Residents are requesting a variance to the Beltline overlay which would require replacing large trees on Boulevard with a wide sidewalk. All new construction within one mile of the Beltline requires a wide sidewalk next to the street unless the city grants a variance.

Download SketchUp Files and Send Input.

Grant Park Zoo Atlanta Parking Deck by Grantpark resident Loren Heyns on Sketchfab.



Flipping the traffic flow - By switching the deck traffic flow to enter the upper deck level from Confederate, this plan preserves all 24 large hardwood trees around the deck, plus 18 smaller trees at the northwest corner by the Bowl entertainment venue. Deck traffic could be hidden from the park under the base of a pavilion on a large hollow cylinder at the Confederate entrance. Traffic could optionally continue to the lower level after a one-level twist.



Connected Green Space on Fort Walker Side of Deck

The Parks department has requested public input for a green space at the entry between the deck and Fort Walker. The following depicts pathways connected to a crosswalk at Ormewood Ave. A deck entrance under patio could connect to the existing entrance by Fort Walker.

Café in the upper corner of the deck to retain open views - The café could reside within the southwest corner of upper deck, where it would overlook the future entrance to Zoo Atlanta. Having a crosswalk-only at Ormewood Avenue would separate vehicle traffic from pedistrians. Download SketchUp Files


Archway inspired by stonework in forest by Westview Cemetary.



Tree Preservation, Improved Bike Connectivity

According to the city arborist, the position of the deck is not the main issue for the trees on Boulevard, it's the amount of dirt that would need to be placed on their roots to achieve the prior goal of creating a completely flat surface between Boulevard and the grassy deck surface. By avoiding terrace-steps on the north end, the deck will be several feet lower than Boulevard which will blend with the slope of the surrounding park. Retaining the top 2 feet of the exiting slope on the north side is preferable to a fence along the edge of the park.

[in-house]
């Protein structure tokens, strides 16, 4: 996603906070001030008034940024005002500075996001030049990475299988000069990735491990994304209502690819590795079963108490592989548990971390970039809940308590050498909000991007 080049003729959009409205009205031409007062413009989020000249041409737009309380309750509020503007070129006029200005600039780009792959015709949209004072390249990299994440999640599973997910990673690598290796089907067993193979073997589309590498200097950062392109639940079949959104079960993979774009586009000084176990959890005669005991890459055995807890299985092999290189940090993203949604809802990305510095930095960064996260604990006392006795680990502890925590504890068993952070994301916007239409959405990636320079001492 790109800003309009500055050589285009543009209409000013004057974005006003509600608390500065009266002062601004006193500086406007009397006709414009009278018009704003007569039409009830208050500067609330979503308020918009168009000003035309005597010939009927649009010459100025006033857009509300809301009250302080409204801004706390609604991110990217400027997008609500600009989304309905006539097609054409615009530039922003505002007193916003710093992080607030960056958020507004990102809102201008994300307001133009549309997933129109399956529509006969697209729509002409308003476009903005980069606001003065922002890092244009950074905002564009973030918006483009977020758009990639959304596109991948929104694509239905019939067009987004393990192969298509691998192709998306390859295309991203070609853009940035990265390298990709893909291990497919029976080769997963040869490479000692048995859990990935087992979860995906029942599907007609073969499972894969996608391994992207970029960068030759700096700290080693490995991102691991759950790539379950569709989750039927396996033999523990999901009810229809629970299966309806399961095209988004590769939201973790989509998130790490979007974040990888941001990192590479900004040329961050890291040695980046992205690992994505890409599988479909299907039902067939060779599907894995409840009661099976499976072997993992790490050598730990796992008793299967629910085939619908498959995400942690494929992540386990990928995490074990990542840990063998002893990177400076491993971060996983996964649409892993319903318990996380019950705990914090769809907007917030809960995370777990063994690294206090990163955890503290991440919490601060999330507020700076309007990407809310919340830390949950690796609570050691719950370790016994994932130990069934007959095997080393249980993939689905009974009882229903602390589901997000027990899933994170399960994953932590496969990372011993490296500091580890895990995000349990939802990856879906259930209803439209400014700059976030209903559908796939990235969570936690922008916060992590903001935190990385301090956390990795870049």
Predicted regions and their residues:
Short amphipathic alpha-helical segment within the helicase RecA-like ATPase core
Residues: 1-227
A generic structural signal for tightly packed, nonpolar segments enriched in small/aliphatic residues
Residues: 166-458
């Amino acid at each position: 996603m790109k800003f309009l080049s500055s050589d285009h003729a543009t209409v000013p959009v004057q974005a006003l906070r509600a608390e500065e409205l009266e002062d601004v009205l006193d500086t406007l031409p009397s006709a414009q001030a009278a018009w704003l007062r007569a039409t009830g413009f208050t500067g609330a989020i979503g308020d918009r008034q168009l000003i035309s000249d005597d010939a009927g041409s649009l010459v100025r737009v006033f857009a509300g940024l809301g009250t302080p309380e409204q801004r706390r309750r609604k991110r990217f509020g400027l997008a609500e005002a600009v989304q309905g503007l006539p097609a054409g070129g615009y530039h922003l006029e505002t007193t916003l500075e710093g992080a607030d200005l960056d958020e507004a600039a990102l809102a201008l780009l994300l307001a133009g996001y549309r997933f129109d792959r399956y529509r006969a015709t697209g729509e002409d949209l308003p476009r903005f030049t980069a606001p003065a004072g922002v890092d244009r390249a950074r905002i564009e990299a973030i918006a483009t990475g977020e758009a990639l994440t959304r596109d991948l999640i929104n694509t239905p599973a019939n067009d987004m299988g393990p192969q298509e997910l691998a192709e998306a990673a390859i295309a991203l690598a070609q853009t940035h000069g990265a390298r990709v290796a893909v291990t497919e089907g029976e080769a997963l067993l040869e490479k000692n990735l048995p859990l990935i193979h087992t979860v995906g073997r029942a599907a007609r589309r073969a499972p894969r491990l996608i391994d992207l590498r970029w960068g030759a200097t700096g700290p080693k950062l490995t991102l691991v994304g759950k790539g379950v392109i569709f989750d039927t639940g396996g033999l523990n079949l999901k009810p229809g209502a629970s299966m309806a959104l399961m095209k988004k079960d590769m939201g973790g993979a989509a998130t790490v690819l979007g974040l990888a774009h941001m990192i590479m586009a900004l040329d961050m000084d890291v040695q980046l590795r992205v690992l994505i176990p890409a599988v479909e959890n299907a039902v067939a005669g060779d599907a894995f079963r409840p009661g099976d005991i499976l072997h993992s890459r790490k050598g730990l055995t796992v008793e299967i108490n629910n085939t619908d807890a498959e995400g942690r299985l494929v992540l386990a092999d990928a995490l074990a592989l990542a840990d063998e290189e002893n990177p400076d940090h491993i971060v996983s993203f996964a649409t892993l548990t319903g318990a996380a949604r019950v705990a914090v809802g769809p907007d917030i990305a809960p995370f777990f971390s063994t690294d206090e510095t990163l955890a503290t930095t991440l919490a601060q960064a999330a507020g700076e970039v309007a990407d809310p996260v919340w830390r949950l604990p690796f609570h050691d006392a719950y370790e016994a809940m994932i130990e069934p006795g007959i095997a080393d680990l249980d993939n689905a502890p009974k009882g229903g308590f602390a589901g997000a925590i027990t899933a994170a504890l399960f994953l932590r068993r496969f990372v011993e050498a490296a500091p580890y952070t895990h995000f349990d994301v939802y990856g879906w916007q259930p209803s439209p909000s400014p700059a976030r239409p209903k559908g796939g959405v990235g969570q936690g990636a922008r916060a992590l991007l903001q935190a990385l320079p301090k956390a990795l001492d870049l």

We can accommodate the requirement of the Beltline Overlay to create a wide pathway by locating the main path away from the street, over the top of the deck, as already planned by the architects (minus the stairway). The wide pathway could match the width of the path that continues through Fort Walker. A “Beltline Administrative Variation” can be issued by the Atlanta City Zoning department so we don't end up with two wide pathways running parallel. The city granted Topgolf Atlanta an exception to preserve their trees.

Altering the entire length of Boulevard within one mile from the Beltline to accommodate a wide Beltline-style path directly on the edge of Boulevard is far from realistic. The steep hillside on the edge of Fort Walker makes this impossible, plus we have a steep downward slope above the bowl entertainment venue. Craftsman style houses with a standard sidewalk and small front yards (without room for further reduction) reside further north. The contiguous solution would be for the wide pathway to reside within the park. Fortunately the deck planners have already included a wide pathway immediately to the west of the existing trees.



Over 7,000 square feet of solar panels could reside on the three levels of 6 foot wide ledges. Ledges would keep the deck cooler, shade balcony seating, provide cover from rain, and catch falls over the railing.

View details online at Neighborhood.org




46 feet is the shortest distance to hard drilling (49 to 51 feet from deck surface). So the deck could be 4 levels deep without hitting bedrock. Only 3 levels are planned, which allows for airflow on the west side. Closest distance to groundwater at time of drilling seems to be about 12 feet from the bottom of the deck at B-3 (44 feet from surface asphalt, 46 to 49 to top of deck).

Related Links

SaveTheTreesGP.org by a large group of local residents
Donate to Legal Expenses spearheaded by Kevin Ward
Save the Trees GP Petition created by Jamie Ference
Save the Trees GP on Facebook by Leign and Teresa Finlayson
Details and Images (Google Doc) by Loren Heyns